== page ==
Understanding net positive suction head (NPSH) and cavitation is essential for plant managers, pump manufacturers and operators. Proper NPSH calculations are vital for preventing cavitation and ensuring proper pump functionality. The following 10 facts about NPSH can help end users improve system operation and efficiency.
1. Analyzing NPSH margins can help reduce cavitation.
Cavitation is defined as the partial evaporation of a liquid in a system. Vapor forms when the static pressure in a liquid's flow drops below the vapor pressure of that liquid. A two-phase flow occurs when a vapor bubble appears and fluid evaporates. When these bubbles enter a region where static pressure exceeds vapor pressure, they will implode, causing cavitation. These bubbles can cause cavities that impair the head and efficiency of the pump, creating excessive noise and vibration. Cavitation erosion can be detrimental to the pump's head and efficiency. Damage to ancillary components, such as bearings and seals, from higher vibration is also likely. The region of the lowest pressure generally occurs around the leading edge of the vane, and this is where cavitation will most likely occur.
Although cavitation cannot be completely suppressed in a pump, measuring the required NPSH (NPSHR) and analyzing NPSH margins are key to reducing cavitation and keeping the pump running smoothly.
2. NPSH has two main components.
NPSH distinguishes between the pressure available to give to the pump (NPSHA) and the pressure required by the pump (NPSHR ) to limit the reduction of pump head to an acceptable level.
3. NPSHA requires an in-depth calculation.
NPSHA is caused by atmospheric pressure, tank elevation or pressure inside a tank. This measurement must be calculated by the user. At sea level, the atmospheric pressure provided is 14.77 pounds per square inch (psi), or 1 bar, which fluctuates depending on elevation. Additionally, the fluid vapor pressure will vary with temperature. With this calculation, the manufacturer must convert pressure to feet or meters and consider the fluid temperature and elevation surrounding the pump.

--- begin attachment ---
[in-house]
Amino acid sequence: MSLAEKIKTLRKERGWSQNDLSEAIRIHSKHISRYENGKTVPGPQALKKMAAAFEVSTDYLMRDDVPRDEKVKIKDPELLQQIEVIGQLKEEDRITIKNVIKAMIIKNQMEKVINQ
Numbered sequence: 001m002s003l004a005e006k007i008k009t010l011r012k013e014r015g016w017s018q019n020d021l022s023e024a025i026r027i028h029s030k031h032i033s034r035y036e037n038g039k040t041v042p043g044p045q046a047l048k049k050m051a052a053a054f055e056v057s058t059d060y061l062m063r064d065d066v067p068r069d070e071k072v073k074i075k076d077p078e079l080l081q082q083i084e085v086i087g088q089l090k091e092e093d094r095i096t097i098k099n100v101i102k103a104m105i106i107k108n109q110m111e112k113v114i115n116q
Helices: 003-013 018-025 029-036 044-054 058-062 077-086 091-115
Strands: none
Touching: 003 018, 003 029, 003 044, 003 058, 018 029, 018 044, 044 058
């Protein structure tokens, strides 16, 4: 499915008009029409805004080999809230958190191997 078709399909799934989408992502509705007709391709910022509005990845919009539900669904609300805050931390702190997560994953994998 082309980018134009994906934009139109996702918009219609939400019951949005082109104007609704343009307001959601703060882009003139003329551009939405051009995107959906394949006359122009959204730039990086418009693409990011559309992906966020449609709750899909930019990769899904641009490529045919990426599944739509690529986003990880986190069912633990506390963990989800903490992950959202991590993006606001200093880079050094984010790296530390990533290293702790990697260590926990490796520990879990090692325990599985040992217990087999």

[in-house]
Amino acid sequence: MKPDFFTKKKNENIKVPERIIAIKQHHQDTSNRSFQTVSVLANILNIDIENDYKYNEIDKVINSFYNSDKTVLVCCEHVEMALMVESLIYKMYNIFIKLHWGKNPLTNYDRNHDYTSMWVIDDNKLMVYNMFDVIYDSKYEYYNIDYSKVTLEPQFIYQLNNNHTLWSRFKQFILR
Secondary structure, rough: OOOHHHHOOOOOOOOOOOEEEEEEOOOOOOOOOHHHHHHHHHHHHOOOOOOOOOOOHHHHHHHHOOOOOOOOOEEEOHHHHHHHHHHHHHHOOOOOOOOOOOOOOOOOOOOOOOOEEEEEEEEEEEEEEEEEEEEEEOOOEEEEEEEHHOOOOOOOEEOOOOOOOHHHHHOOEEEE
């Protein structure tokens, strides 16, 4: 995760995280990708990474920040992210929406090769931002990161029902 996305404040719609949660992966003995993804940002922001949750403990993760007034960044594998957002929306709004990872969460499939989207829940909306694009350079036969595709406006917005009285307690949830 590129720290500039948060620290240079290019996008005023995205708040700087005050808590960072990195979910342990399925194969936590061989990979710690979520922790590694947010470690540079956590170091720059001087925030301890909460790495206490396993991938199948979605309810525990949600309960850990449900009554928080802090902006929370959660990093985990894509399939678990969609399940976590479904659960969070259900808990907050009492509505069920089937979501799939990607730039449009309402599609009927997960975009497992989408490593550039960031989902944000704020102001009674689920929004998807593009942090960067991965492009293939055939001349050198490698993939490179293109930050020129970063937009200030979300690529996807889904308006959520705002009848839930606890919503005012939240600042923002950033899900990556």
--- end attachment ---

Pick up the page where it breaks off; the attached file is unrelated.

4. Critical tests determine NPSHR.
NPSHR is the minimum amount of pressure required at the pump impeller to limit the reduction in pump head to an acceptable level. Instead of using a calculation as with NPSHA, the manufacturer will run tests to validate the critical quantity of NPSHR. To do this, the flow is kept constant, and the NPSHA is reduced. As NPSHA is lowered, cavitation inside the pump will increase until it begins to block fluid flow through the pump. These tests must be repeated until every flow point has been recorded. NPSHR is commonly called NPSH3, because a three percent head drop criteria is often used during a NPSHR test.
5. There are other forms of NPSH.
Many different forms of and acronyms for NPSH exist. Similar to NPSH3, NPSH1 or NPSH0 results when the pump head is only reduced by 1 or 0 percent, respectively. NPSH1, where the "i" stands for inception, is where cavitation first occurs.
NPSH40K is the NPSH at which the impeller will have a 40,000-hour life. NPSH40K usually can be determined only by the pump supplier, as in-depth knowledge of the impeller geometry and material is necessary. NPSH 40K typically is used for boiler feed pumps, large critical pumps and for plant owner/operators who want confidence that the impeller will not fail between major overhauls.